Quoting Jenn77712:

Thank you.  Yes, I feel like she is a great person.  Procrastinates too much, but otherwise pretty perfect.  She's also fairly introverted and lives across the country from home.  I worry about, never had a date, etc. I just plain worry a lot!  She is my only child, lucky girl has no other siblings to share the attention with! 



atlmom2
by Susie on Sep. 30, 2013 at 9:54 AM
No, but there is Mom's with adult children. I have a 22 yo and visit there often. I love my dd is growing up. It comes with pains. She is moving home today. Her boyfriend of over 2 years broke up with her. They have been living together 14 months.

Do not expect adult children to tell you things. If they offer fine. If they don't fine also. You have to let go. Should have at 18.
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boys2men2soon
by Kimberly on Sep. 30, 2013 at 7:00 PM


Quoting atlmom2:

No, but there is Mom's with adult children. I have a 22 yo and visit there often. I love my dd is growing up. It comes with pains. She is moving home today. Her boyfriend of over 2 years broke up with her. They have been living together 14 months.

Do not expect adult children to tell you things. If they offer fine. If they don't fine also. You have to let go. Should have at 18.

How is your DD holding up? 




boys2men2soon
by Kimberly on Sep. 30, 2013 at 7:16 PM

My advice is to find that soft line between being her Mother & being a friend.   She is an adult.  You need to have faith that you've raised her to be the best she can be.....now it is up to her.    The next time you ask her something personal and she says it is none of your buisiness, simply tell her that you understand but you are available if she wants to talk.   Don't judge!  Judging or belittling her choices is a sure fire way to get her to keep mum.  

My son is 23.  He lives at home with us but is moving out soon.... I am so going to miss him!   He is very private since graduating college.   I think he believes he is supposed to be.  When I ask him what he is doing or where he is going or with whom, he answers: "Things, places, people".   Whatever.   I no longer ask.    I just say Be Safe and Have Fun.        It is hard when he talks about his job, as I want to give advice but this is his job and he has his own ideas and plans to move up the ladder.    I bite my tongue until I have the proper opportunity..... then I lead with "It is your choice, of course and you have a better understanding of how the company works, but have you considered_____"?    Then I let it go.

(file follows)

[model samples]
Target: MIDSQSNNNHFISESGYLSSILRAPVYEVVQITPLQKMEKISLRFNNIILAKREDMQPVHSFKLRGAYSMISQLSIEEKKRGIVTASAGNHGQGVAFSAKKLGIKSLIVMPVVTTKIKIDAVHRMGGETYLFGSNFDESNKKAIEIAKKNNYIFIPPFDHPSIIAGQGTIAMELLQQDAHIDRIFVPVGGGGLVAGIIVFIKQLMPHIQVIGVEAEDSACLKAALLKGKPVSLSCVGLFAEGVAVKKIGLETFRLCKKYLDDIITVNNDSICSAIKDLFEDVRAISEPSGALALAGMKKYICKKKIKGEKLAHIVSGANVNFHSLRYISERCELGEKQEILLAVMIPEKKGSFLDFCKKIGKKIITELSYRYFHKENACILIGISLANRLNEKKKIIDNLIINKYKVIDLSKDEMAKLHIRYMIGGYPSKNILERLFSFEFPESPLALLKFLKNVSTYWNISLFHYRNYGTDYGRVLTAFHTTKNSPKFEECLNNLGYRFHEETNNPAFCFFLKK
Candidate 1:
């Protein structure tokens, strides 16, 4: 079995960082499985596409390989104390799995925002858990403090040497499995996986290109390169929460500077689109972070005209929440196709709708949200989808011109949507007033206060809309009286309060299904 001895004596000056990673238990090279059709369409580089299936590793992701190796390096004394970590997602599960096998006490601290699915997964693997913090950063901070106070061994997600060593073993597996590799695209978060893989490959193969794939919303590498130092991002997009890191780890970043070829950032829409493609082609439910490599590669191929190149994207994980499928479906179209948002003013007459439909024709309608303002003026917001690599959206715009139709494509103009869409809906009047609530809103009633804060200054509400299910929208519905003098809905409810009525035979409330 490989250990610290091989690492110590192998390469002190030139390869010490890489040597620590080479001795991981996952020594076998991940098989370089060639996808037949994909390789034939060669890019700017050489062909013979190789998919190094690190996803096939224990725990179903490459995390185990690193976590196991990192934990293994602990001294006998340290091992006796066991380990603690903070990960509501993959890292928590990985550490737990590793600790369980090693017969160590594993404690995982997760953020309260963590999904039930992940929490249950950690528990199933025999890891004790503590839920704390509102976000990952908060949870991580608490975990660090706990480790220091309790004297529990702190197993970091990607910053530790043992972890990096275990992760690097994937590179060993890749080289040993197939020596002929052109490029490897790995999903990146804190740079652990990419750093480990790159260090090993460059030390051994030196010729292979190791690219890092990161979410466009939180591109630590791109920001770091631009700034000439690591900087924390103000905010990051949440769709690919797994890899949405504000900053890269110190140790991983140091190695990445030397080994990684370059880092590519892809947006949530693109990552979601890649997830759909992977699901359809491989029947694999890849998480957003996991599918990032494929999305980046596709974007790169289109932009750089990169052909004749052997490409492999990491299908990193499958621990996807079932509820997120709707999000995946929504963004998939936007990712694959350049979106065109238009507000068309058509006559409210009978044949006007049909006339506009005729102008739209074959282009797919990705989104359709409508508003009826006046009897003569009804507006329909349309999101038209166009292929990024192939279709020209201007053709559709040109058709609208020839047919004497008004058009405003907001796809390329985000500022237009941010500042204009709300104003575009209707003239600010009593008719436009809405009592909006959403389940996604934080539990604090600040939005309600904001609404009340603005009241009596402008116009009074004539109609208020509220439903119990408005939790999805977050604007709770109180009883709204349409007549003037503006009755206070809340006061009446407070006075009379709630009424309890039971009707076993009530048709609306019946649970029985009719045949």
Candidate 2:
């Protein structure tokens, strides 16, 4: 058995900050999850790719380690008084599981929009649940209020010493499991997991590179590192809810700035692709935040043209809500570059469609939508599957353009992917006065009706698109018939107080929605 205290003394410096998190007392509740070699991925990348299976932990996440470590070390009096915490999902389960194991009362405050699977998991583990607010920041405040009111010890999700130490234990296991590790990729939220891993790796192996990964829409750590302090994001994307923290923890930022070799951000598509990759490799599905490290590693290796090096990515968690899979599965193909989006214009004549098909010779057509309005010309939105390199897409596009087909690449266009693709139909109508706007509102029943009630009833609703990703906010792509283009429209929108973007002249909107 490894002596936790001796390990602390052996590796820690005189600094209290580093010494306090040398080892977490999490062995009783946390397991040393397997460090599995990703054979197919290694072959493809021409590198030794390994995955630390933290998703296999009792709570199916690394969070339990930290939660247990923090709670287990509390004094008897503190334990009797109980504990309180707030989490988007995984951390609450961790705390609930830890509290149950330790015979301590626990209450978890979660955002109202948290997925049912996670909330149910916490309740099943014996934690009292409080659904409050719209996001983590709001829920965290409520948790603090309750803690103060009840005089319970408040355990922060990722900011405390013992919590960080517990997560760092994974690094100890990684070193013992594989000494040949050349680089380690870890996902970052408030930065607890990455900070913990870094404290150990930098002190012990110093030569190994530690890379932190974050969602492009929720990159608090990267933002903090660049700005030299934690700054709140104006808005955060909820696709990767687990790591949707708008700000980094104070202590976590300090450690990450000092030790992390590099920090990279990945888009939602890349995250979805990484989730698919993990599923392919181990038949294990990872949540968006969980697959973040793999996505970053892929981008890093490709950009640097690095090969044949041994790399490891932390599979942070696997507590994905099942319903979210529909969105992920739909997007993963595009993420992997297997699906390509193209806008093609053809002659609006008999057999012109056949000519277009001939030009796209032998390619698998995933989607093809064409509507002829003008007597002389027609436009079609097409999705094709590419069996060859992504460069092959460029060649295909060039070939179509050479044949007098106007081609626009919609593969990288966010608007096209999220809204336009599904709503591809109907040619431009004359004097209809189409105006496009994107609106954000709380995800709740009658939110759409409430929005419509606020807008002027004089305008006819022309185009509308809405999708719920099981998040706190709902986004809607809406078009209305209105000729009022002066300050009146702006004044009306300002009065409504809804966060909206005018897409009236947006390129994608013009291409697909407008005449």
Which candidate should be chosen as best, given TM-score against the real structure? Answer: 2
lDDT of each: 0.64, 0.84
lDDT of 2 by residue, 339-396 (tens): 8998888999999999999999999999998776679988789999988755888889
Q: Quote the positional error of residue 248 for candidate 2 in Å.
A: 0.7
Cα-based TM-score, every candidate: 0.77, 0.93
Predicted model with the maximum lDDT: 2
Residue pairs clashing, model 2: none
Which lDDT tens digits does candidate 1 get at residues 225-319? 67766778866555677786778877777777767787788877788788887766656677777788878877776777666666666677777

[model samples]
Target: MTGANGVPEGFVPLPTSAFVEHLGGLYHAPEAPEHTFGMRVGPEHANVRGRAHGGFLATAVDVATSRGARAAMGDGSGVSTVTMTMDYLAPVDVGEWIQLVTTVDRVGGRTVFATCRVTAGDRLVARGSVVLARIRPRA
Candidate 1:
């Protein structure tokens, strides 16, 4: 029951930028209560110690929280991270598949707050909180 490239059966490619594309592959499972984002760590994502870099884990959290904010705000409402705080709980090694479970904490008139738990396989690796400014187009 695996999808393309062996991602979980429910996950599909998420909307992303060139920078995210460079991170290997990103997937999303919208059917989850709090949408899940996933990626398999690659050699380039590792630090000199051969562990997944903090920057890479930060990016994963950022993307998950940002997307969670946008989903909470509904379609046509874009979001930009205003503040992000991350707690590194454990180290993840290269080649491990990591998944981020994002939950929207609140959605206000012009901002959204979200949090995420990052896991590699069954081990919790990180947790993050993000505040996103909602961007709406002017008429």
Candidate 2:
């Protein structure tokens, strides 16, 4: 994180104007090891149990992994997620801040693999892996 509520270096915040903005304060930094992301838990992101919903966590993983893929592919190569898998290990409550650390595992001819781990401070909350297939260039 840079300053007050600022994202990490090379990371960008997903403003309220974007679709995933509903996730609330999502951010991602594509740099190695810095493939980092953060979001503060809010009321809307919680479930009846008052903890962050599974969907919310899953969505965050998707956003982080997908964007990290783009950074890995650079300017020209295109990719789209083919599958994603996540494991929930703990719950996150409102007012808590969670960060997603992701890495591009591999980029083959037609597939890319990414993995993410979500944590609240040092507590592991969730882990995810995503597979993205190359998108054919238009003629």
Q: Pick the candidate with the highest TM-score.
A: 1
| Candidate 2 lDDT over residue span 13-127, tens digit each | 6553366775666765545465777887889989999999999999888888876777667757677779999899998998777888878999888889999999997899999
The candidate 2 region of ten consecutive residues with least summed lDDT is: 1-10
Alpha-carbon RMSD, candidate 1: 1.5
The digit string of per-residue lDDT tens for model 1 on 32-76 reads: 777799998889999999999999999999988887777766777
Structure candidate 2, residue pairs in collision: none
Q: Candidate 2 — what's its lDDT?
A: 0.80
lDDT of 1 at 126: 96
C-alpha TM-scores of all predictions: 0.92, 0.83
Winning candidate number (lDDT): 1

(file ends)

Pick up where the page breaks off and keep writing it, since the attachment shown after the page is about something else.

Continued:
juno1
by on Sep. 30, 2013 at 8:08 PM
1 mom liked this

Roots and wings.....  our job is to give them roots and wings.

 At 23 she is an adult.  You finished  filling her toolbox a long time ago...it is now closed and for her to open and use as she sees fit.  

Try approaching her as you would a friend.  Don't judge and don't badger her with questions.  Make some new adult memories with her and appreciate where she is.. and how she is.  If she doesn't feel pressured to always be giving you details she may start to open up.  But here is the catch, if you over react to her choices ( even a teeny bit...like pursing your lips) her lips will seal...  

You may be having trouble letting her go...but you see, she has already flown.  Time to redefine your role as mom...  good luck

02nana07
by Ida on Sep. 30, 2013 at 9:13 PM

 I agree with this well said

Quoting juno1:

Roots and wings.....  our job is to give them roots and wings.

 At 23 she is an adult.  You finished  filling her toolbox a long time ago...it is now closed and for her to open and use as she sees fit.  

Try approaching her as you would a friend.  Don't judge and don't badger her with questions.  Make some new adult memories with her and appreciate where she is.. and how she is.  If she doesn't feel pressured to always be giving you details she may start to open up.  But here is the catch, if you over react to her choices ( even a teeny bit...like pursing your lips) her lips will seal...  

You may be having trouble letting her go...but you see, she has already flown.  Time to redefine your role as mom...  good luck